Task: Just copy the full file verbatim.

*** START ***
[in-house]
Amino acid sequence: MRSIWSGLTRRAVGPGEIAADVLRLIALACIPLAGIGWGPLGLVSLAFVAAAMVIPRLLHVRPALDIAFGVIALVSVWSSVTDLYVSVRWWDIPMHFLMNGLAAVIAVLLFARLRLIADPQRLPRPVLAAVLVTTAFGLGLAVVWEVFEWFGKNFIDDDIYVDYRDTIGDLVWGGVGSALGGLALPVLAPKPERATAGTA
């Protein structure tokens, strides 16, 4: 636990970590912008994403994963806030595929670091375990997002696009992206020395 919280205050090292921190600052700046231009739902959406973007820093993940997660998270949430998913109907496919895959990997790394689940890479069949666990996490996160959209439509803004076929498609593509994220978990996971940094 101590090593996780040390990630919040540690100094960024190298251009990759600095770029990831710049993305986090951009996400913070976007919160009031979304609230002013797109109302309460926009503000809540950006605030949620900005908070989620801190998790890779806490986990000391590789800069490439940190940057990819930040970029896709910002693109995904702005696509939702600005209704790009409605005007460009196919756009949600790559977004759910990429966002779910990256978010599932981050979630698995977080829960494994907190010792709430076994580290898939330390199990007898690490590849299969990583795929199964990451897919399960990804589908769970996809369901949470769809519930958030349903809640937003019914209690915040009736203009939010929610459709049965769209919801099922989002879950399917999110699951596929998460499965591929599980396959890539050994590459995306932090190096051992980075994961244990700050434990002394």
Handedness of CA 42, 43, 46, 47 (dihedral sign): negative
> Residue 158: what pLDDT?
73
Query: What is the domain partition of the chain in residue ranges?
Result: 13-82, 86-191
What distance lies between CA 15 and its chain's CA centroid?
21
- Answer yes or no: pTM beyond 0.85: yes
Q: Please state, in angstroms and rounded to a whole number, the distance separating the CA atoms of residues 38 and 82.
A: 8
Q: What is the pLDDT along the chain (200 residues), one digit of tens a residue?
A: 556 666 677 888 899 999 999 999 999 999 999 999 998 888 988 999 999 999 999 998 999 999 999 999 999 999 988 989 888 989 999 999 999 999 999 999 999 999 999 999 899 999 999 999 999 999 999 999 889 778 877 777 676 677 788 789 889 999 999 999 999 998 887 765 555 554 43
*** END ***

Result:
[in-house]
Amino acid sequence: MRSIWSGLTRRAVGPGEIAADVLRLIALACIPLAGIGWGPLGLVSLAFVAAAMVIPRLLHVRPALDIAFGVIALVSVWSSVTDLYVSVRWWDIPMHFLMNGLAAVIAVLLFARLRLIADPQRLPRPVLAAVLVTTAFGLGLAVVWEVFEWFGKNFIDDDIYVDYRDTIGDLVWGGVGSALGGLALPVLAPKPERATAGTA
């Protein structure tokens, strides 16, 4: 636990970590912008994403994963806030595929670091375990997002696009992206020395 919280205050090292921190600052700046231009739902959406973007820093993940997660998270949430998913109907496919895959990997790394689940890479069949666990996490996160959209439509803004076929498609593509994220978990996971940094 101590090593996780040390990630919040540690100094960024190298251009990759600095770029990831710049993305986090951009996400913070976007919160009031979304609230002013797109109302309460926009503000809540950006605030949620900005908070989620801190998790890779806490986990000391590789800069490439940190940057990819930040970029896709910002693109995904702005696509939702600005209704790009409605005007460009196919756009949600790559977004759910990429966002779910990256978010599932981050979630698995977080829960494994907190010792709430076994580290898939330390199990007898690490590849299969990583795929199964990451897919399960990804589908769970996809369901949470769809519930958030349903809640937003019914209690915040009736203009939010929610459709049965769209919801099922989002879950399917999110699951596929998460499965591929599980396959890539050994590459995306932090190096051992980075994961244990700050434990002394």
Handedness of CA 42, 43, 46, 47 (dihedral sign): negative
> Residue 158: what pLDDT?
73
Query: What is the domain partition of the chain in residue ranges?
Result: 13-82, 86-191
What distance lies between CA 15 and its chain's CA centroid?
21
- Answer yes or no: pTM beyond 0.85: yes
Q: Please state, in angstroms and rounded to a whole number, the distance separating the CA atoms of residues 38 and 82.
A: 8
Q: What is the pLDDT along the chain (200 residues), one digit of tens a residue?
A: 556 666 677 888 899 999 999 999 999 999 999 999 998 888 988 999 999 999 999 998 999 999 999 999 999 999 988 989 888 989 999 999 999 999 999 999 999 999 999 999 899 999 999 999 999 999 999 999 889 778 877 777 676 677 788 789 889 999 999 999 999 998 887 765 555 554 43